Routine appointments longer than 10 minutes offered by one in eight GPs
One in eight practices routinely books consultations longer than 10 minutes, and some are even booking patients for over 15 minutes, according to a new study.
A survey of hundreds of practices found a significant minority are adapting their appointment booking to accommodate patients with more complex health needs, although the vast majority still only provide 10 minute slots.
It comes after the RCGP renewed its call for longer appointment times in a letter to all four UK health departments, arguing it would enable the profession to manage patients more effectively and would save costs.
The survey was published this week in the British Journal of General Practice, and involved 1,492 trainees providing evidence on the current consultation lengths offered by their GP trainers.
Some 83% of practices provided 10 minute appointments, 11.4% provided appointments of 10 to 15 minutes and 1.5% provided appointments of more than 15 minutes, while 2.7% booked consultations shorter than 10 minutes.
When asked what length of appointment time they would prefer, the majority of trainees said they would like 15-minute appointments (56%), 27% said they would prefer appointments of 11-14 minutes and just 13% were happy with 10-minute appointments.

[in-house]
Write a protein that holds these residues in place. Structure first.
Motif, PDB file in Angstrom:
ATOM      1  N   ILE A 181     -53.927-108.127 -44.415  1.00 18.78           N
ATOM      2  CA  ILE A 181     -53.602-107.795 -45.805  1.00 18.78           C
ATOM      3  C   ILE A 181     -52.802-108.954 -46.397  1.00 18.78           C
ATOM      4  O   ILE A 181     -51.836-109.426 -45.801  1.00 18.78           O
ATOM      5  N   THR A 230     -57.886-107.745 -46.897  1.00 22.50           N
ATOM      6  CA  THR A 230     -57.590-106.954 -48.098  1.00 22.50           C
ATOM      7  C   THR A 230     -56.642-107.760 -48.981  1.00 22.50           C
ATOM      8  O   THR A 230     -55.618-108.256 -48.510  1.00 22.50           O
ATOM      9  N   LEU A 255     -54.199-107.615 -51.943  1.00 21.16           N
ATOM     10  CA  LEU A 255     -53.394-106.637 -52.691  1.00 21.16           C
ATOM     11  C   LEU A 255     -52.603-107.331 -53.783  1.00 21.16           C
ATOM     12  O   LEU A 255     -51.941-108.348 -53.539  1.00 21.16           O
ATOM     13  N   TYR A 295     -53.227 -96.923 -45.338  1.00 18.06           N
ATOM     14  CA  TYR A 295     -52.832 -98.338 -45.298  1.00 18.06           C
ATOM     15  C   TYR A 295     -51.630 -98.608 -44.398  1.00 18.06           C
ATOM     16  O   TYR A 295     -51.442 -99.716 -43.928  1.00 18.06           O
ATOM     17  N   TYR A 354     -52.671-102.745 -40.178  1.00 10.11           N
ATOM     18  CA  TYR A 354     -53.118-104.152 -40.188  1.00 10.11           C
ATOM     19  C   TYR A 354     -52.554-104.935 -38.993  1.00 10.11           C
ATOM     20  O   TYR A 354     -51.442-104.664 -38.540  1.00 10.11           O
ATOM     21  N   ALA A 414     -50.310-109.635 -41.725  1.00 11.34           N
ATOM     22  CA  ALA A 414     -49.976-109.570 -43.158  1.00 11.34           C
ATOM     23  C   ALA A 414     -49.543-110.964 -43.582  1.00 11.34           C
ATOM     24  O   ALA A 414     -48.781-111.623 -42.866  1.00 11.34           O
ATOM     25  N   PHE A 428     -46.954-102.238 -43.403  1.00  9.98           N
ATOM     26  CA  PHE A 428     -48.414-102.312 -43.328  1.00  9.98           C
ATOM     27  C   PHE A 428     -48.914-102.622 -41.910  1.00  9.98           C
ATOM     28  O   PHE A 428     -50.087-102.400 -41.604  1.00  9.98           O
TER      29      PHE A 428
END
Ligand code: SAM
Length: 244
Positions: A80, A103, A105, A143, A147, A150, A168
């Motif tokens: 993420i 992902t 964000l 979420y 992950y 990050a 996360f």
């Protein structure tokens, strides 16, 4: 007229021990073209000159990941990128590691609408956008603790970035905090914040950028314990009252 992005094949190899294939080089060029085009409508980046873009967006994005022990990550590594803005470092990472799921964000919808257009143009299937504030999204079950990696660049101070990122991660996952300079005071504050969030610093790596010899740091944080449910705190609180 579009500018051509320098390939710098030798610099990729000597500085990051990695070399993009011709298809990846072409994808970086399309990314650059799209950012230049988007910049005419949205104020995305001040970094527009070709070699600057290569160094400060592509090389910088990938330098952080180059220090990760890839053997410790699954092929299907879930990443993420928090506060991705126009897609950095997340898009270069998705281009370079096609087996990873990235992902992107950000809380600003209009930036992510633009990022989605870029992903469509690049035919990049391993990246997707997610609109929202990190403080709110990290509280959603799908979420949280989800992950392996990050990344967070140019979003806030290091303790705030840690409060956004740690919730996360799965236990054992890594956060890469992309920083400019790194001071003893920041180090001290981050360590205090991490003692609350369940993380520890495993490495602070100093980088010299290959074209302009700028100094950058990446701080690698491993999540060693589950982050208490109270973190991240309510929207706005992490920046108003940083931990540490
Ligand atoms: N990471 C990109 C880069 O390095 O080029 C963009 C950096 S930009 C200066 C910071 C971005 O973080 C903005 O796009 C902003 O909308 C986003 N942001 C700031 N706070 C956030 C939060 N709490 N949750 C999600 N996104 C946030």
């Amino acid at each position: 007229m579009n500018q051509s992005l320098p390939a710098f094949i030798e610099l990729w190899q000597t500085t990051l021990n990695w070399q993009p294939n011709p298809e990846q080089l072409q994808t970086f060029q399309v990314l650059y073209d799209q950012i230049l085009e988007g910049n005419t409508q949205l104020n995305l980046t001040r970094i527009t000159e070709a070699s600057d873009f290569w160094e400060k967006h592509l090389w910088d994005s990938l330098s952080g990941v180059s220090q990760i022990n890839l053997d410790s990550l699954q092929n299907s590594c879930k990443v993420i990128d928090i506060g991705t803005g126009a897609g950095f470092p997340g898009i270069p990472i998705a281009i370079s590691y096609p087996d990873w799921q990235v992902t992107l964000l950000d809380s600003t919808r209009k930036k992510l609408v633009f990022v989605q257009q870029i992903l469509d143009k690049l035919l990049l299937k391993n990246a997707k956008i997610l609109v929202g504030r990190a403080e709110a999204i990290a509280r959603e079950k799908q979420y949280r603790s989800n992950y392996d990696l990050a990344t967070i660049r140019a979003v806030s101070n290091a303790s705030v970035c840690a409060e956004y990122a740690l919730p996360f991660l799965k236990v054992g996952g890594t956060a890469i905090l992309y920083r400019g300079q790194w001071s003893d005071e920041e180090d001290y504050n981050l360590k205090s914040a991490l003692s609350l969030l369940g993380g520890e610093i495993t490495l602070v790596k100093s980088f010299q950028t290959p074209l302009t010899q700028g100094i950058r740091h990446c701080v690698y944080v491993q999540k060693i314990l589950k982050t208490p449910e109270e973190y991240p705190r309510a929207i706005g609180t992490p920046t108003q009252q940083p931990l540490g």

Authors Dr Greg Irving, former chair of the RCGP AiT Committee and a GP in Merseyside, and Dr John Holden, a GP in Wigan, said the study showed there was growing support for 15-minute appointments to be routine.
‘We are encouraged that trainees largely recognise that longer consultations are needed in general practice. This will undoubtedly need reorganization within practices, but we have been able to offer 15-minute appointments as standard for eight years in our practice with huge benefits for ourselves, and, we are confident, for our patients too.'
‘We believe the RCGP and other NHS policy makers should unequivocally advocate 15-minute consultations.'
In a letter sent to all health departments in March, RCGP chairs from the four UK countries called for longer appointment times in order to facilitate a shift in care from hospitals into the community.
It read: ‘Increasing GP consulting time would have the additional benefit of realising cost savings by facilitating earlier interventions, reducing referrals and the number of patients receiving on-going secondary care and addressing long-term conditions and multiple-morbidity more efficiently.'